One day while washing my face with Dove Soap (that also contained ¼ cup
of cleansing cream) I realized how dry my skin felt. It was almost
instant. Standing there looking in the mirror I could see my skin drying
out and becoming parched. I NEEDED the moisturizer to bring my skin back
into some type of balance. I re-read the ingredients on the package and
decided there had to be a better method. I could not understand most of
the ingredients contained in the soap. I decided that I could do better.
Making the decision for whatever reason to go natural
is an easy decision. Living with the decision in your everyday life
becomes more difficult as you try to practice it. Finding completely
natural skin care products on the commercial market is next to
impossible. Most “Natural” products contain some type of chemical and/or
synthetic that upon further study can cause harm to your body in some
way. I believe that you can have 100% natural products that are
preserved with natural ingredients.
The main reason it is difficult to find is because 99%
of the companies on the market add some type of synthetic preservative
to their products to maintain their shelf life for about two to three
years. Without some type of preservative in the product, microorganisms
would multiply freely causing side effects such as skin rashes,
blindness, and a multitude of other ailments. The downside of that is
that with synthetic preservatives you also take the risk of deliberately
adding toxins to your body. These toxins have caused reactions such as
allergic skin reactions and dermatitis just to name a few.
Most of the synthetic preservatives used today are
carcinogenic and are thought to cause possible reactions. Some of this
has been proven by the scientific community and much is still in debate. There are ways to preserve a product without having to add synthetics. There are essential oils, vitamin E, Honey, Lemon, Sugar and Salt to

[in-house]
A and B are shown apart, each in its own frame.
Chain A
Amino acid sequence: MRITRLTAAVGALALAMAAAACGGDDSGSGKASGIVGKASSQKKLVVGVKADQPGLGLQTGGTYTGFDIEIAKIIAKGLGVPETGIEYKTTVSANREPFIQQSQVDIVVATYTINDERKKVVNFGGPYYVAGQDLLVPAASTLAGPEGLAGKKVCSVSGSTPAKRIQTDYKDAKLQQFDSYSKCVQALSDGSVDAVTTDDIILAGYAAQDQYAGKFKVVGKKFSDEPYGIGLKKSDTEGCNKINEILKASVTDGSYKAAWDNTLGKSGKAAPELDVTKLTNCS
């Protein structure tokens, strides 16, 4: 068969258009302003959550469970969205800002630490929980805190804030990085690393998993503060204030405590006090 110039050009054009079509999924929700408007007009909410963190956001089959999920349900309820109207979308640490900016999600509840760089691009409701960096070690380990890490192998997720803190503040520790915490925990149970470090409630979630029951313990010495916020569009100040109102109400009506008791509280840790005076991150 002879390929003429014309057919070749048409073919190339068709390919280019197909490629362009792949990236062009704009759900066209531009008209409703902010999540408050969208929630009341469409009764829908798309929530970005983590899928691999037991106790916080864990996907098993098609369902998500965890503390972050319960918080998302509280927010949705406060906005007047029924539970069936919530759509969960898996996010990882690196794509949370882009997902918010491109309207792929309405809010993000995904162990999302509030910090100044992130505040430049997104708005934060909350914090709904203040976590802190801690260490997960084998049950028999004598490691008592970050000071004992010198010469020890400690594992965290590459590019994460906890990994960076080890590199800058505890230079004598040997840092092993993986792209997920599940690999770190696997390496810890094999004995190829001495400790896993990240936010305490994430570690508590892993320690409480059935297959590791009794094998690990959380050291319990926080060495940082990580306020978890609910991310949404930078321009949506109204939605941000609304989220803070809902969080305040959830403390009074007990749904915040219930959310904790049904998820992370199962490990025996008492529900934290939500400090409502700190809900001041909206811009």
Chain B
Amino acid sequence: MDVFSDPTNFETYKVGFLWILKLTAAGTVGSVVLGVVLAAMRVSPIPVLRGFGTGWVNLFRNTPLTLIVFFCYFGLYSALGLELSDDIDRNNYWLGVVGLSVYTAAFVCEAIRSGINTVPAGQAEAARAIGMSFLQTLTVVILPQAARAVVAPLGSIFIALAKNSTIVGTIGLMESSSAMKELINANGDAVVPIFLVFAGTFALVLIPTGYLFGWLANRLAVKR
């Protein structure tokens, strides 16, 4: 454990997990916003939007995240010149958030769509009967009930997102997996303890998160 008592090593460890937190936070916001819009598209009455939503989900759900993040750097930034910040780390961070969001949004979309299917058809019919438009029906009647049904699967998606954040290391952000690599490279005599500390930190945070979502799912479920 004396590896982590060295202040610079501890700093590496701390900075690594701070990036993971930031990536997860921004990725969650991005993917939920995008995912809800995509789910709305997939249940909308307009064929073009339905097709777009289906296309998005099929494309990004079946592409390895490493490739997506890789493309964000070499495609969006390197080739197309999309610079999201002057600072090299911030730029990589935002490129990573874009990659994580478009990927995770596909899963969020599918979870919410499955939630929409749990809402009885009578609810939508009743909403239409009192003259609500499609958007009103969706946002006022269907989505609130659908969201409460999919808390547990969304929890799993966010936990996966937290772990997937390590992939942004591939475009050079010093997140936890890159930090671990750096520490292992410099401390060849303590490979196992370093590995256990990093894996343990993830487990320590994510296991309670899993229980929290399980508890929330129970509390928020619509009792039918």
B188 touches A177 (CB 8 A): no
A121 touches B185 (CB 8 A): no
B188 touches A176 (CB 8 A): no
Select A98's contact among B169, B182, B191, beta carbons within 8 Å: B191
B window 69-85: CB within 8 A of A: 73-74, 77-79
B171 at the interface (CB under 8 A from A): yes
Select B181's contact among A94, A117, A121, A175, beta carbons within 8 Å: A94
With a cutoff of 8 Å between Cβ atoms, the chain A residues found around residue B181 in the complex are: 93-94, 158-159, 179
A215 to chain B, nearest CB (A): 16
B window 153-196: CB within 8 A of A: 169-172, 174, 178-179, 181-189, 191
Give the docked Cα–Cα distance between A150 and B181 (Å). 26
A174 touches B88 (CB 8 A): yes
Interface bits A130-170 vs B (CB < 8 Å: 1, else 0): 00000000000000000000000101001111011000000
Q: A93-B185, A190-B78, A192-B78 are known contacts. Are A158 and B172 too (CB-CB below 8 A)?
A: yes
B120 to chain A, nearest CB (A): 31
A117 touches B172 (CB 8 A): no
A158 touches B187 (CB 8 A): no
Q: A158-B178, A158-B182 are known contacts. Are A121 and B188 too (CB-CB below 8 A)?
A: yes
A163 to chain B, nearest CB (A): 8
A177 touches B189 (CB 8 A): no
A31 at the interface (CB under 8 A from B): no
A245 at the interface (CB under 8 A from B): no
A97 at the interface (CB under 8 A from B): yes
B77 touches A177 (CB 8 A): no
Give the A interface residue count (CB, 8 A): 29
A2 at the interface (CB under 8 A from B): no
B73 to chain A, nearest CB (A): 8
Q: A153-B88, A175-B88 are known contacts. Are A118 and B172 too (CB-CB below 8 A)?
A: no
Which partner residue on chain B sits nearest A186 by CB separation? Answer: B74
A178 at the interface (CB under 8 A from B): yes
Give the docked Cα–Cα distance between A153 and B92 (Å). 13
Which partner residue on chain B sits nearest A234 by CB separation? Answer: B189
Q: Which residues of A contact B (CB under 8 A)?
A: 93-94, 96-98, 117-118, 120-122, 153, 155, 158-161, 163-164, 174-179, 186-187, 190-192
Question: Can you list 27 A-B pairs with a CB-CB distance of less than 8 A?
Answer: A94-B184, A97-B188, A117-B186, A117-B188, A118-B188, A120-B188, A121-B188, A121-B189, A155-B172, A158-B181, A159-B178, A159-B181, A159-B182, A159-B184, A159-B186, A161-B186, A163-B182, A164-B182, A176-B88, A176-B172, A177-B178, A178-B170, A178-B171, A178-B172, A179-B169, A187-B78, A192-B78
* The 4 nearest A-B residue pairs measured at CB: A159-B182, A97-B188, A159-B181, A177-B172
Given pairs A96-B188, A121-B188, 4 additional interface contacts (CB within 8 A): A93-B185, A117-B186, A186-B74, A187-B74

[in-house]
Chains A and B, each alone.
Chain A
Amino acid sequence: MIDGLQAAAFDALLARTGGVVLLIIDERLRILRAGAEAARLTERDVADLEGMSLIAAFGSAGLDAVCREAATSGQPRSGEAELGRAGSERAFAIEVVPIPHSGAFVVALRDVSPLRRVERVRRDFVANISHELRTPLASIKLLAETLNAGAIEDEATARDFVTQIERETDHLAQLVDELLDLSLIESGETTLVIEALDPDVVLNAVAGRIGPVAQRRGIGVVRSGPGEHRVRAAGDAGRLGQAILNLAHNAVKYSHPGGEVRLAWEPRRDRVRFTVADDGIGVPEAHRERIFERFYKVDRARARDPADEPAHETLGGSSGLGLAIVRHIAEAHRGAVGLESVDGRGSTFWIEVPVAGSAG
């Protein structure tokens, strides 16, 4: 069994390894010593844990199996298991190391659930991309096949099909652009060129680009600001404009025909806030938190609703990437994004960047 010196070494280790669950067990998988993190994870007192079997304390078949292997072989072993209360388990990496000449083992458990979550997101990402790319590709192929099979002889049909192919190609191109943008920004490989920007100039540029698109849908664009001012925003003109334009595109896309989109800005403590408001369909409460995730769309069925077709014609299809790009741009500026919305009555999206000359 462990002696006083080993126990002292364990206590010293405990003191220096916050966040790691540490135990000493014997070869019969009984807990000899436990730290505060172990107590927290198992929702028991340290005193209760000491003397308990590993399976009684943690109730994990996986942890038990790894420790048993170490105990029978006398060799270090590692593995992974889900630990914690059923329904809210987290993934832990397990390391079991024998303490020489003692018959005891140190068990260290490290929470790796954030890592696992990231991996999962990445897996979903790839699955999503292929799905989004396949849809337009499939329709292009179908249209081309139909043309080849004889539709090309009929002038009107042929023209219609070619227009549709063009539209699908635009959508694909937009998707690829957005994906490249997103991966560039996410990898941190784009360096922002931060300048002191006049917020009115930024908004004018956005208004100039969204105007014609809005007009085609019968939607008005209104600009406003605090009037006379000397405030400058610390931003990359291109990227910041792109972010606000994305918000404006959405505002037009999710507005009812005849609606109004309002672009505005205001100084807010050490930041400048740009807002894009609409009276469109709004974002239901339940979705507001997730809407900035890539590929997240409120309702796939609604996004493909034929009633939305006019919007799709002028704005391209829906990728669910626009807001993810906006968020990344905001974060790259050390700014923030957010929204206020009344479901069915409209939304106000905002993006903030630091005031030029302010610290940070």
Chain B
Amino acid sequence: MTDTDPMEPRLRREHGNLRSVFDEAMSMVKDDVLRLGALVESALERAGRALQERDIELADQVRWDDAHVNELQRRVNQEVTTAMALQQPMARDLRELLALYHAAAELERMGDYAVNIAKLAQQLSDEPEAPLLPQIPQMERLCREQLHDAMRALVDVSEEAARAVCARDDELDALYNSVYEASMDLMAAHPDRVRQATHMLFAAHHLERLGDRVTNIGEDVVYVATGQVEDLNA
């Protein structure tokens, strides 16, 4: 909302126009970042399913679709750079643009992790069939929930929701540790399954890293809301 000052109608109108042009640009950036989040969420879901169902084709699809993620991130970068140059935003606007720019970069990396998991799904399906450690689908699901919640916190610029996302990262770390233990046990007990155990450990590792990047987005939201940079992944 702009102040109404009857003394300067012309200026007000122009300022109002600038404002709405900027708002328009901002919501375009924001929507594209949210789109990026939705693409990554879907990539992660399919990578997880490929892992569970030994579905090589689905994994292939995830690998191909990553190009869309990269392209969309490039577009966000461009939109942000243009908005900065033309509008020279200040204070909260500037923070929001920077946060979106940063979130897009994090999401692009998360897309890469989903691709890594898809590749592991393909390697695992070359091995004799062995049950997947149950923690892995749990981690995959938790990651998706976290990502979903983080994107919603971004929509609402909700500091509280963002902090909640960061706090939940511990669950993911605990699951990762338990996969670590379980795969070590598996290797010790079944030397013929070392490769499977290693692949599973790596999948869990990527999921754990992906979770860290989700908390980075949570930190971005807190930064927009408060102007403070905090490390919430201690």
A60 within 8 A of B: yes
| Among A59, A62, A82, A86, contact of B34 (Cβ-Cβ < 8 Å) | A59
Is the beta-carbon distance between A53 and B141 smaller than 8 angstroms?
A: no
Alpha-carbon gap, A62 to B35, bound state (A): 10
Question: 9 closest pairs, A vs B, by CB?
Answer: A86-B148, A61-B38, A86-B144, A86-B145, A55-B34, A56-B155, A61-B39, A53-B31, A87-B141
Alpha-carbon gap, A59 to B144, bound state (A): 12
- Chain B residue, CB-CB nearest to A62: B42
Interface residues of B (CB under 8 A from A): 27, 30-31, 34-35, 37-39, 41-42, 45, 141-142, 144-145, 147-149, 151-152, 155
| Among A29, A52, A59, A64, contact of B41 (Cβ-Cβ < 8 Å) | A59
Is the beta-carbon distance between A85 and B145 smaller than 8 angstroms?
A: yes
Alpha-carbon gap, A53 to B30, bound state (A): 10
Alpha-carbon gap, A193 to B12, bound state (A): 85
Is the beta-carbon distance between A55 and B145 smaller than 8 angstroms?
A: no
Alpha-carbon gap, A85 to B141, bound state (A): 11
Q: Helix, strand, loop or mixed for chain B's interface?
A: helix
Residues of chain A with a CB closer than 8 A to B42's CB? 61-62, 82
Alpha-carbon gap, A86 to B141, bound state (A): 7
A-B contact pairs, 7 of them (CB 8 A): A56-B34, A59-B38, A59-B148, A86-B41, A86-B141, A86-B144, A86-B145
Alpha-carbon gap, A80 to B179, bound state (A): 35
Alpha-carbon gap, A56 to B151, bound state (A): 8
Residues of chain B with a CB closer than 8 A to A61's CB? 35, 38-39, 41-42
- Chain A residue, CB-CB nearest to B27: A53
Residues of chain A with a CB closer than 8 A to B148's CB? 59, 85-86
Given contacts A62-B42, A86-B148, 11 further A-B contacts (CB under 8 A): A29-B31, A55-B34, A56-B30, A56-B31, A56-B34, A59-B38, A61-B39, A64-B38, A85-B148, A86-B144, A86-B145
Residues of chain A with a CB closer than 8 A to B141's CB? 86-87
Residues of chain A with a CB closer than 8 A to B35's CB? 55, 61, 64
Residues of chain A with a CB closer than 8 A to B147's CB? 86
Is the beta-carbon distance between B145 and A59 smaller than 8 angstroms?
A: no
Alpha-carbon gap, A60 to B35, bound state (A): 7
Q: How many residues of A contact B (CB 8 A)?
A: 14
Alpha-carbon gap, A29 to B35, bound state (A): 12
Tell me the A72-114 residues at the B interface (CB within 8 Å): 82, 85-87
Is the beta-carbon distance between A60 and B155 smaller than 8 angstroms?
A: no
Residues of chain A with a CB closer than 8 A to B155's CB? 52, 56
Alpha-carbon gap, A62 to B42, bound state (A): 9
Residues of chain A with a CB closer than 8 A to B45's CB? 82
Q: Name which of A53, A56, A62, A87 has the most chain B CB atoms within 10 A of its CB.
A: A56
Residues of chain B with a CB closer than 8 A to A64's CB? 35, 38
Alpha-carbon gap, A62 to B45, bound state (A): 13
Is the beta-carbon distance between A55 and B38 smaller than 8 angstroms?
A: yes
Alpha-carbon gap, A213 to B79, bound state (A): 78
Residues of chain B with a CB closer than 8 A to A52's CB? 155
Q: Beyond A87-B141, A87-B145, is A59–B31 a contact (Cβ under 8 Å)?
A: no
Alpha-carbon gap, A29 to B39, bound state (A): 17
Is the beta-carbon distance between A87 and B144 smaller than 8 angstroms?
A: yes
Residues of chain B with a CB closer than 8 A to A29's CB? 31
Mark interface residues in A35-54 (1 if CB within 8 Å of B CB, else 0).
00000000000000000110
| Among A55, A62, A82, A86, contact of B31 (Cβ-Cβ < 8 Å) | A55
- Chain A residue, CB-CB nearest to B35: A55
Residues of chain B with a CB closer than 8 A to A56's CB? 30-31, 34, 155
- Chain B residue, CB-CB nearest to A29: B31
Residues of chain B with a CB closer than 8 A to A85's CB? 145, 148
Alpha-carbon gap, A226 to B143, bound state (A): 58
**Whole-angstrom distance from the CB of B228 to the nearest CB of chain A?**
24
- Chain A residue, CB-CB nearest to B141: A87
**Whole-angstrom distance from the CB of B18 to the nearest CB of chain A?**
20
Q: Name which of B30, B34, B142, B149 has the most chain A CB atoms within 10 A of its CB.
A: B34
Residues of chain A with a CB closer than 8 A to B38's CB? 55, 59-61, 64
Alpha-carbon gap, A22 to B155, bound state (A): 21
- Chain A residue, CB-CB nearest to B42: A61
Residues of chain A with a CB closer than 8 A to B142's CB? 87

name a few.
If you have been following the natural trend you know
that there are 2 camps: those that believe that there can be an
alternative to synthetic preservatives that won’t kill you or cause
major side effects and the 2nd camp that believes that no matter what
you must have a chemical preservative of some type regardless of the
side effects. I ask the question of handcrafters: what makes you any
different from the large companies out there offering “natural”
With ingredients such as essential oils and
antioxidants that act as preservatives natural Skin care products can be
produced with a limited shelf life. If you choose not to use any
preservatives the products must be refrigerated immediately after
opening. They will also have to be manufactured in a sterilized
environment using something similar to a flow hood that is used in
hospital and laboratory environments. The process to produce this is
time consuming and costly. For large companies that make items in large
batches this is not economically feasible. They are looking for a batch
of products (which could be well over 10,000 bottles) to have a shelf
life of 2-3 years. There are companies that now produce natural products
in small batches using natural preservatives and that number is growing.
This trend is growing because the educated consumer is now demanding
natural products for face and body care.
 Essential oils are natural substances that are powerful
preservatives, but are not extensively used to preserve cosmetic
products. They are derived from flowers, leaves, grasses, and woody
plants. The first indications of their antiseptic properties were
uncovered during the cholera epidemics of the nineteenth century in
France when tens of thousands of men, women, and children perished.
During this time it was observed that workers in perfume factories were
almost completely immune to this disease. Today we know that most
essential oils and absolutes used in perfumes are powerful antiseptics
that kill most of the harmful bacteria and fungi without harming the
human system. The addition of as little as one drop of sweet orange oil
to two ounces of cream will kill all bacteria and fungi in the
preparation. Essential oils have also been shown to be effective in
killing the virus that causes Herpes and assist in healing the affected
Effectiveness of Essential Oils in killing Bacteria
Recent studies performed in France determined the potency of essential
oils as antiseptics. Increasing amounts of different essential oils were
added to meat stock cultured in raw sewage to determine the quantity
needed to kill all microorganisms. The table above lists the amount of
essential oil in percent that must be added to raw sewage to kill all
microbes. As can be seen from the table, one part of origanum oil
renders 1,000 parts of raw sewage free of all living organisms.
Sometimes essential oils which are used as
preservatives can evaporate from the preparation when left uncovered. Some essential oils, if they are concentrated, also can cause reddening
of the skin and dermatitis. Products with a larger content of essential
oils, as found in aromatherapeutic preparations (foam baths, soaps, bath